John the hot dog guy

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There is a place in Hackensack that I have yet to try called the Dog House Grille that serves both the Thumann deep fried and the griller as well as boiled Sabrett's

Yes, I passed this by a few times but never been there. I also noticed from a bergen record article that was framed up on a wall at Hirams that apparently Cubby Q's italian dog (also in hackensack, right across from the bergen county jail) was in the top 3 rated dog places in NJ, right below Rutt's. I've had Cubby's ribs (which are ok) and their pulled pork sandwich (very good, BIG!) and chicken bbq sandwich (also very good and big portion) but never tried their dogs.


Jason Perlow

Co-Founder, The Society for Culinary Arts & Letters

offthebroiler.com - Food Blog | View my food photos on Instagram

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Every time I think I've eaten my last North Jersey dog people keep coming up with more and more places.

I'm really getting tired of the three hour drive for lunch.


Holly Moore

"I eat, therefore I am."

HollyEats.Com

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It's Hot Dog Johnny's.  Was there last week.  Good, but no Rutt's Hut or Syd's.  Beautiful setting though.  Very green, very shady.

I grew up further east on Route 46 and remember stopping at Hot Dog Johnny's en route to and from college.  The pre-Water Gap stretch of Rte 46 was always the favorite part of the drive.  

Interstate 80 was just happening then.  Because Rte 80 cuts straight across to the gap, rather than dipping down and following Rte 46, I think it has kept that portion of Rte 46 pretty much the same as how I remember it some 30 years ago.

We also stopped a bit further up at King Cole.  Another nice setting, but the dog was two hours stale.  It was about 4PM though.  Anyone else know the place and if it's worth a second visit at a busier time of day?

(Edited by Holly Moore at 10:07 am on Sep. 3, 2001)


Holly Moore

"I eat, therefore I am."

HollyEats.Com

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Quote: from Holly Moore on 11:30 pm on Sep. 2, 2001

Every time I think I've eaten my last North Jersey dog people keep coming up with more and more places.

Well "Dog House Grille" seems pretty new--months at the most.  Callahan's has been around since the 1950's at least, and Hiram's for quite a long time as well.  Cubby's is a few years old, I think, but might not always be on a hot-dog list because they are primarily a BBQ joint.

Callahan's is actually famous in a local historical sense because it became quite well known because it was a pit stop on the way from the GW Bridge to the Palisades Park Amusement Park.  

The way my Dad tells the story, Callahan's became popular enough that several branches opened, and as the franchise phenomenon began to show its ugly head in America,  the owner decided to allow franchises.  But after a few years the franchises did badly--and the quality varied so much--that the Callahan's name was damaged beyond repair.  The owner suppossedly bought back the franchise licenses, closed all but three of the restaurants (only two are open now), and ran the place the way he wanted to.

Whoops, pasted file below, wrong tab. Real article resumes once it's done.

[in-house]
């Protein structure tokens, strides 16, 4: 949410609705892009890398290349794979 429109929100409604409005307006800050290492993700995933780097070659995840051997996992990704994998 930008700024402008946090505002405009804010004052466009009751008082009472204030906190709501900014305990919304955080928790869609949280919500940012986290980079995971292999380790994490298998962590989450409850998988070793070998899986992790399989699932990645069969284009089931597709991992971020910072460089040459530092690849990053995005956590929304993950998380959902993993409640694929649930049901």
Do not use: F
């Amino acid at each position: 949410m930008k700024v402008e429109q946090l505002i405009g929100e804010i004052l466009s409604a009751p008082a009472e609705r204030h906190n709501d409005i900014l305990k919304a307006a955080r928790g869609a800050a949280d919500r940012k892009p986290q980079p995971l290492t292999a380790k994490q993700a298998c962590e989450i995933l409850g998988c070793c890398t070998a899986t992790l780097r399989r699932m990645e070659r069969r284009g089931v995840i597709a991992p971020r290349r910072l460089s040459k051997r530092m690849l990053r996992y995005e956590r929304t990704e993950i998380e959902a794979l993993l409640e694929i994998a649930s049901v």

But I think he has since passed on, and the remaining two Callahan's are (I think) owned by someone else again.


Jon Lurie, aka "jhlurie"

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I went to the site for their distributor (mainly a distributor of "Jewish" movies, whatever the heck they mean by that) and don't see "Footlong".  Maybe we should contact the filmmakers and ask them where the heck it is and "where" 7thArt distributors distributes to.  The dates on the "whats going on with the film now" part of the website are all in "2000", although the main webpage was updated last month, so maybe the deal was just inked.

Overall I have to think that the amount of material for a hot dog documentary would be pretty slim, unless they either make it a convincing travelogue or a deeper historical view.  If its just a bunch of visits to hot dog stands and interviews with customers/owners it will... pardon the phrase... bite.


Jon Lurie, aka "jhlurie"

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I used to `love the ultimate in hot dogs, the best in the city and in the nation.  Only one answer: the original Katz's on Houston St.  From the time I was 13 until about 60, the pull of a hot dog at Katz's would take me from Brooklyn and later North Jersey to the lower Eastside.  Unfortunately, a garlic allergy came along and I am not able to eat that wonderful dog any more.  However, down here in cental Jersey, there is an Italian deli in Point Pleasant, Joe Leone's, that sells wonderful  non-garlic sausage which is plump, juicy and has a spicy kick to it.  Grilling it brings out all the mouth-filling satisfaction.  Its an ethnic switch and a great delight.

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A garlic allergy?  Oh man, I couldn't even imagine trying to eat sans garlic.  Not just hot dogs but almost ANYTHING.  Well, on second thought, in recent years I've grown to love Thai, Indian and Vietnamese--which don't really use it, but so much of the Spanish, Italian and Chinese food I love utilize Garlic like crazy.


Jon Lurie, aka "jhlurie"

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How about Johnny and Hanges in Paterson.  Or is it Hanges and Johnnies.

they been around for quite some time, although they are in their new "cleaner" digs only recently.

deep fried.  and pretty good.